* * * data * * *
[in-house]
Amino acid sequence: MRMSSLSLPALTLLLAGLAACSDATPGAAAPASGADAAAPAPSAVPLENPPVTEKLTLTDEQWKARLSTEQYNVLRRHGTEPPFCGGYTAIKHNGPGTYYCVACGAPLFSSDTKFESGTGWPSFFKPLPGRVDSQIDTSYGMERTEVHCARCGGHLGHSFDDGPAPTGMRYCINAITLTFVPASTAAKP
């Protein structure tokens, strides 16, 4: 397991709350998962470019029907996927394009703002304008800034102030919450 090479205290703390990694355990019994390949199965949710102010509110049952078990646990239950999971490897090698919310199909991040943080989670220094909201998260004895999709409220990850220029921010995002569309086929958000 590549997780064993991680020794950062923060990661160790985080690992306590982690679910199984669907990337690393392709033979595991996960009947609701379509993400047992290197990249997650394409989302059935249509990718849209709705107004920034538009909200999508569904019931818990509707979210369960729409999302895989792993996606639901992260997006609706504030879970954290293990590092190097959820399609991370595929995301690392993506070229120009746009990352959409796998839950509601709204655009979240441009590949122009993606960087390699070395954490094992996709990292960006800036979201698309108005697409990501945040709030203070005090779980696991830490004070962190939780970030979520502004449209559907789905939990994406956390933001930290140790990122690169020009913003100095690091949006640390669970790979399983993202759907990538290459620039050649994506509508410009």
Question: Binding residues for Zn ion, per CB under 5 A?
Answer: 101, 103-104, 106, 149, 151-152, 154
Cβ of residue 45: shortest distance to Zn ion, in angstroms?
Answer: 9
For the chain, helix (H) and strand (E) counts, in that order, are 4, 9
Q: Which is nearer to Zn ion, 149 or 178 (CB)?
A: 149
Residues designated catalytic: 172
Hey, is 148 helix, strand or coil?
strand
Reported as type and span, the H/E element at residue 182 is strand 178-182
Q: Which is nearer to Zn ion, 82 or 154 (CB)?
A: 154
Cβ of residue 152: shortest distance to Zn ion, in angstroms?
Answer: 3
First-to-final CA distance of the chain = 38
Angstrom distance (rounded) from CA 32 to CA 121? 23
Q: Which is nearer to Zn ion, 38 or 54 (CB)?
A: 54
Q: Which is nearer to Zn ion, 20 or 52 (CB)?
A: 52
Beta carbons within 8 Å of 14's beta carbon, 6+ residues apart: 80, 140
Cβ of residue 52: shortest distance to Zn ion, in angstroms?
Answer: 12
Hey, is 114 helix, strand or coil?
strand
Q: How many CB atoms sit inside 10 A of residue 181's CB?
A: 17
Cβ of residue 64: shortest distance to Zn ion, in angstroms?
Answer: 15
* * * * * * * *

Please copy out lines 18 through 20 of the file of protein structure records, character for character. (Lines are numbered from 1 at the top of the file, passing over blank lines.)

Answer: 3
First-to-final CA distance of the chain = 38
Angstrom distance (rounded) from CA 32 to CA 121? 23